The Capitol

WASHINGTON, DC—Discontent is brewing over a draft version of a plan introduced by two Congressmen several days ago that would be an alternative to another proposal to extend the federal backstop for terrorism property insurance.

House Financial Services Chairman Jeb Hensarling, R-Texas and Rep. Randy Neugebauer, R-Texas, circulated the proposal to Republican committee members several days ago behind closed doors, according to the New York Daily News.

The proposal, called The Terrorism Risk Insurance Modernization (TRIM) Act of 2014 would extend the federal backstop for three more years, without significant changes in 2015.

But, by 2017, it would raise the trigger for all non-nuclear, biological, radiological, and or chemical events, to $500 million from $100 million.

It would also decrease the federal share of insurers’ losses for non-NBCR covered events to a 75% copay by 2017.

Critics of the program say the proposal is too weak to provide the necessary support for the insurance or commercial real estate industry should another significant terrorism event occur. Last Thursday Rep. Carolyn Maloney, D-NY, issued a statement about TRIM, calling it “the equivalent of doing nothing at all.”

“Under this draft, terrorism risk insurance would be nearly unavailable and never affordable,” she said.

Maloney argued that the market won’t be able to bear raising the program trigger for conventional terrorist events from $100 million to $500 million, nor could it support other elements of the plan, which include establishing an “unnecessary reserve fund”, and increasing the recoupment of federal payments to 150%.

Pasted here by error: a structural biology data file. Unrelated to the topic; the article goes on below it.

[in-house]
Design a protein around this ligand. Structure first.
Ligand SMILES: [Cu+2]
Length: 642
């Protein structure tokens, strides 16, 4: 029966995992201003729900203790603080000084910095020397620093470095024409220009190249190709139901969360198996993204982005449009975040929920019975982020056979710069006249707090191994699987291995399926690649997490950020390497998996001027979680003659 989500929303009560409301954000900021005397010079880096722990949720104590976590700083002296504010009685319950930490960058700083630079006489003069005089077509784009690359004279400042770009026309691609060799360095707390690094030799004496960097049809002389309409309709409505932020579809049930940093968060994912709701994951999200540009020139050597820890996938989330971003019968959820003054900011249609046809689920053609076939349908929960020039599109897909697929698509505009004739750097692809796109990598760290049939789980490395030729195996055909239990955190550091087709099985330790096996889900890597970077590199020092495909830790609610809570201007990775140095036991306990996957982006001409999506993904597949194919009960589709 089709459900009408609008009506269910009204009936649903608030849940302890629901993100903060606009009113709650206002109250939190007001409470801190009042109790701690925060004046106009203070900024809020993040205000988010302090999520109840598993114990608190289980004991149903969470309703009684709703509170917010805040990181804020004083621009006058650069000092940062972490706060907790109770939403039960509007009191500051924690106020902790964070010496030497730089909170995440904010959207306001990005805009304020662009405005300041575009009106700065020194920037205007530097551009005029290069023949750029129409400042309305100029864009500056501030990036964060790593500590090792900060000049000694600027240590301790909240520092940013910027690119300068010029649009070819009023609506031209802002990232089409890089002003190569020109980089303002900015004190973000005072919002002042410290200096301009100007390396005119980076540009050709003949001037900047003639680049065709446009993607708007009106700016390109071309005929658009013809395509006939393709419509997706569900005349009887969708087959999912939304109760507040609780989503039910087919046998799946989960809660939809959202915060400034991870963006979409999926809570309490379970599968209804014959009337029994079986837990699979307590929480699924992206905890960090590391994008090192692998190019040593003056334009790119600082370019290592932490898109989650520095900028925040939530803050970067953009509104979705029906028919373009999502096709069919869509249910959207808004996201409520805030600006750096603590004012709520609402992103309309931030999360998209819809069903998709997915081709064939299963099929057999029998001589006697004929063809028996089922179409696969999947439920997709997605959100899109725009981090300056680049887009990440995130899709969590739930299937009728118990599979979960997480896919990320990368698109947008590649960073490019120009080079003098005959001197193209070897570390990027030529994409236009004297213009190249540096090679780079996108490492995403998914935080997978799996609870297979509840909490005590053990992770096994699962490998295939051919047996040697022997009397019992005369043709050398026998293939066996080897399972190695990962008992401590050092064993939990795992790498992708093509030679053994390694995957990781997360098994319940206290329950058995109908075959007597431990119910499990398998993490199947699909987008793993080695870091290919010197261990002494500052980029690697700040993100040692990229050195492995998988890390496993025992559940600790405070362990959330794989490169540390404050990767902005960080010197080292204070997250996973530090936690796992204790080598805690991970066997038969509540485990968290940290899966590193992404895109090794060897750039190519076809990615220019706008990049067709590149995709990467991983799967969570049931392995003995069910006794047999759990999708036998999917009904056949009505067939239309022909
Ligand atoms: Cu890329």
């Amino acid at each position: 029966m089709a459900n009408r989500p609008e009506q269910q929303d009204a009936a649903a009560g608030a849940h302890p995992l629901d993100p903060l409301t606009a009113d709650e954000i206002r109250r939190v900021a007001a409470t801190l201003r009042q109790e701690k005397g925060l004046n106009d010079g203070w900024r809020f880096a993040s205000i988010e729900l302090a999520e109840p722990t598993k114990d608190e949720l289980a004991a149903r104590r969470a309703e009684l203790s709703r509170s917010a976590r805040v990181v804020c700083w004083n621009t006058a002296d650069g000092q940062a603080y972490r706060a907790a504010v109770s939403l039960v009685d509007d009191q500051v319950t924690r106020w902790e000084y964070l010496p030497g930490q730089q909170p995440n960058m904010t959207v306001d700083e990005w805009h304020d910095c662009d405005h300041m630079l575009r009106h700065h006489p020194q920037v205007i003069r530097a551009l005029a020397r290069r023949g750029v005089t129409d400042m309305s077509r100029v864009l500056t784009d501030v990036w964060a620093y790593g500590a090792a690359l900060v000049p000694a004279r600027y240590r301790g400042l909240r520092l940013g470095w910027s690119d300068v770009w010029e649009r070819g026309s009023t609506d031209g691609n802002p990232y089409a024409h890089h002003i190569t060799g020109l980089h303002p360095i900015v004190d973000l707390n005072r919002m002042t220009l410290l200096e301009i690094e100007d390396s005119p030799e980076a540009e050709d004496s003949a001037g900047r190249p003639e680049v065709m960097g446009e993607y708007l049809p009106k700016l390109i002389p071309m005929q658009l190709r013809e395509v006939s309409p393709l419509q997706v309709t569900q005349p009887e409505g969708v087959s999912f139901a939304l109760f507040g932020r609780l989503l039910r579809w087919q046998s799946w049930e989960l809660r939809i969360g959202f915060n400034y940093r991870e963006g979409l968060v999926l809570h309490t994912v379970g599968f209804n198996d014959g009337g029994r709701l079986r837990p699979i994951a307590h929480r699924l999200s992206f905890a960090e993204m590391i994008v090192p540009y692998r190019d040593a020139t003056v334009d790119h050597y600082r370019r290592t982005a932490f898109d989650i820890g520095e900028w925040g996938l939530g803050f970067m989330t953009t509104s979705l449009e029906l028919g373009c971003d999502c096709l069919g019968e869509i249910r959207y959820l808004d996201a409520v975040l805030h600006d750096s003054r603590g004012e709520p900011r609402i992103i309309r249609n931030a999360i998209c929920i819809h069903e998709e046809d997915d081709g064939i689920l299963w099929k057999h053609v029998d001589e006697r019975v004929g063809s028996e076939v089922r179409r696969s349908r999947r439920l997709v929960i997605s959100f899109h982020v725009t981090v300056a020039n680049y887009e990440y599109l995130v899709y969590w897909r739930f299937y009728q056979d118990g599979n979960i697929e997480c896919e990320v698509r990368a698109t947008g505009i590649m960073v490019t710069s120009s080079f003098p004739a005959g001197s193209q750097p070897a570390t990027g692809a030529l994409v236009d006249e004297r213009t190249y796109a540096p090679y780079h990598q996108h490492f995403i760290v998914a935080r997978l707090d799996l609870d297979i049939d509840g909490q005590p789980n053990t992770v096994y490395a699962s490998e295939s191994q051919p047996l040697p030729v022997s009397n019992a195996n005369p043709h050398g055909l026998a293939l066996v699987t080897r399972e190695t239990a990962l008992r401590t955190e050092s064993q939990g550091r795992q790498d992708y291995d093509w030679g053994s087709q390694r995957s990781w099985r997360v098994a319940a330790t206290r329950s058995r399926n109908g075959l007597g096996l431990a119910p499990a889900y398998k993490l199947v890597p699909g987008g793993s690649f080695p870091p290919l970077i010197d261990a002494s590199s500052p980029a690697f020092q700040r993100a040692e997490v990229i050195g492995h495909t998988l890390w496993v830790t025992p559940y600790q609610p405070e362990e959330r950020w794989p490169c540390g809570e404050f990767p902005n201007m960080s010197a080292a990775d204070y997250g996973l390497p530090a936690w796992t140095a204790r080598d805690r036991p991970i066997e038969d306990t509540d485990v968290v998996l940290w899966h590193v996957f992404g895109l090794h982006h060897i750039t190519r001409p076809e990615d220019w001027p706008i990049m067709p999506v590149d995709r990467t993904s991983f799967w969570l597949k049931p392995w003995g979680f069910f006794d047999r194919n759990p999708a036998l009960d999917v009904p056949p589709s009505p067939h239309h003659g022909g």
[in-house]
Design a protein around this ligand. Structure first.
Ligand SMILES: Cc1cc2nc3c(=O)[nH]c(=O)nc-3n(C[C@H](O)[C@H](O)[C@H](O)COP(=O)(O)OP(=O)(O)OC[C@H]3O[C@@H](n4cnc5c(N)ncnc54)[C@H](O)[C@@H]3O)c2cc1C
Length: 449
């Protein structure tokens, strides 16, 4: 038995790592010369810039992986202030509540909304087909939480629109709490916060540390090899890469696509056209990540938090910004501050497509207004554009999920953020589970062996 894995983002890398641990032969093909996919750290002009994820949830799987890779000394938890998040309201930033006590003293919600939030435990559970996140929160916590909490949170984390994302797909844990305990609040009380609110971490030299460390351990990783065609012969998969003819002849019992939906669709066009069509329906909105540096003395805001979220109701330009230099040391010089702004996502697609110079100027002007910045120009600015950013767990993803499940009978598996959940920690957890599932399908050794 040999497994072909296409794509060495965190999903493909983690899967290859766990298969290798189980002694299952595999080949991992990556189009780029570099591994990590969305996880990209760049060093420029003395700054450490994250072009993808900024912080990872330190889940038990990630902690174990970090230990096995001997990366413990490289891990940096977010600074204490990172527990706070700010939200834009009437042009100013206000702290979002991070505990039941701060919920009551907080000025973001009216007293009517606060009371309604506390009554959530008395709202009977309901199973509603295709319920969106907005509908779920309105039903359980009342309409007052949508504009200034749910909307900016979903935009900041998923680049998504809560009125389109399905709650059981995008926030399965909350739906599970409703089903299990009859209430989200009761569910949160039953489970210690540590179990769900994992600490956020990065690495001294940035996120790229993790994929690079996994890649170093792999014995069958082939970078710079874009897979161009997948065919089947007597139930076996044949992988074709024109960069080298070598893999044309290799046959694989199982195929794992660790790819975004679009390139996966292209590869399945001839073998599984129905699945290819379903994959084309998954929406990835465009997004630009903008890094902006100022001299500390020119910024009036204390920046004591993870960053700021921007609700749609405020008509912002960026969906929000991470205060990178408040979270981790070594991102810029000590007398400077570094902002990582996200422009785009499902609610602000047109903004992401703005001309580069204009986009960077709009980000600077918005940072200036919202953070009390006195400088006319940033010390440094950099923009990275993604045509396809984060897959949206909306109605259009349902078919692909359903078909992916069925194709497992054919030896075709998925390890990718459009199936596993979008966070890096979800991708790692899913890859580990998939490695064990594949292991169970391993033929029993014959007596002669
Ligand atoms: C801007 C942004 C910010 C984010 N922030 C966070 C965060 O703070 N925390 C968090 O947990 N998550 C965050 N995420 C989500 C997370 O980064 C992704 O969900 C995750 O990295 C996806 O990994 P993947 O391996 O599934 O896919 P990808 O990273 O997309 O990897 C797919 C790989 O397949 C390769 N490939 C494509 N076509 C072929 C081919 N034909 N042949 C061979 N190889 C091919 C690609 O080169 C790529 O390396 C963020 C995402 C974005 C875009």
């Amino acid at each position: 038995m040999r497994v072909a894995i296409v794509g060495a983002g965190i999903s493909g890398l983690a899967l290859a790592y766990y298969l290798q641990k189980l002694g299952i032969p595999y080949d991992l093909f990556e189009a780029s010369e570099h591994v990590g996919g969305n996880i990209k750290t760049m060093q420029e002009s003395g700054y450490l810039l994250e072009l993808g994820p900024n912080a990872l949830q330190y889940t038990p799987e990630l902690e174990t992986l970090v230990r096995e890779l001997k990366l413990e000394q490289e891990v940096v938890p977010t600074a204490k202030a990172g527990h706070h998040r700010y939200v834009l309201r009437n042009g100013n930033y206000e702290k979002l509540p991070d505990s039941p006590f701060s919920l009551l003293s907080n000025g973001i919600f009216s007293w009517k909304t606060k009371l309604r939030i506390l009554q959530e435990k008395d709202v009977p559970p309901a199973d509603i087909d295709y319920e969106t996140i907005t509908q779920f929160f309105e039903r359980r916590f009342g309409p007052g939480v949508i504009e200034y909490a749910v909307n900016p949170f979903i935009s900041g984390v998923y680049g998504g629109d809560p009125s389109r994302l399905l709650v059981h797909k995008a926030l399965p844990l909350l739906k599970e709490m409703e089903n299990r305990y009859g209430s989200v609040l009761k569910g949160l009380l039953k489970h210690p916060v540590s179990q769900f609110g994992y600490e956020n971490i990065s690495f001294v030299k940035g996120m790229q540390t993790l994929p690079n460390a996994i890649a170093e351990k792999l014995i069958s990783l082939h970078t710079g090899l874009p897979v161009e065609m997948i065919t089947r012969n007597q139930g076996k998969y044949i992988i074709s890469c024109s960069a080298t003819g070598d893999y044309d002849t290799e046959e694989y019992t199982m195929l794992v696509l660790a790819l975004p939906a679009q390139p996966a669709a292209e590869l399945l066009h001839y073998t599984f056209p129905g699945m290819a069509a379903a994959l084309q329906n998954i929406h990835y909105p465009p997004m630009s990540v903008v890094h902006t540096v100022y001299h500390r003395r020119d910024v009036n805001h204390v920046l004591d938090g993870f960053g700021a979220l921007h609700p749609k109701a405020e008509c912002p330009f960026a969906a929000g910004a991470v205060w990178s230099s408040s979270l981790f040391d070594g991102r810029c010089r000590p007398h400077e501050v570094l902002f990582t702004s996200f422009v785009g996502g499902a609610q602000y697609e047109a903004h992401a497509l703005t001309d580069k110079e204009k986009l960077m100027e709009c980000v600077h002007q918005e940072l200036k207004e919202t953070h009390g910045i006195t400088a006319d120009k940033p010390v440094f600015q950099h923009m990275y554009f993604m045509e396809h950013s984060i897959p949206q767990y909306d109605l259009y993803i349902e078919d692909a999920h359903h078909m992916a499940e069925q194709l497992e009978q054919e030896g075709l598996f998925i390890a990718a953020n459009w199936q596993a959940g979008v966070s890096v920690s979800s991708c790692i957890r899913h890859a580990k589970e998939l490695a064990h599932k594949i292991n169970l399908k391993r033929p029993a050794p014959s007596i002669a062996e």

Other observers are taking the more diplomatic route of pointing out the strengths of the current approach. The Washington, DC-based Real Estate Roundtable, for example, explains that while the technical trigger for federal assistance under the program currently in place is is $100 million, no government funds are advanced until insured losses exceed $30 billion, and until significant insurer deductibles are met–20% of prior-year direct earned premiums for covered commercial lines. Even then, it noted, the government pays 85%, with mandatory recoupment from policyholders up to $27.5 billion and additional recoupment at the discretion of the US Treasury Secretary.

“We commend House Financial Services Committee Chairman Jeb Hensarling and Insurance Subcommittee Chairman Randy Neugebauer for recognizing the importance of maintaining a federal role in terrorism risk insurance markets with the introduction of the Terrorism Risk Insurance Modernization (TRIM) Act of 2014,” Roundtable CEO Jeff DeBoer, said in a statement about TRIM. “The TRIM Act helps to lay the foundation for developing an effective plan that will extend this vital program.”

The Real Estate Roundtable goes on to note about TRIM that “additional concerns have been raised that the proposed changes could have unintended and undesirable marketplace consequences-ranging from a meaningful reduction in private insurance capacity to a demonstrable increase in government exposure, to economic risk from terrorism-all at the potential cost of disrupting US enterprises that rely on terrorism insurance coverage in order to grow and create jobs.

Later this month the Senate will consider a far more palatable measure, from the industry’s perspective at least, which extends TRIA for seven years.

The measure would increase an insurers’ co-pay from 15 to 20%, with the government still covering 80% of each company’s additional losses and raise the mandatory recoupment threshold to $37.5 billion.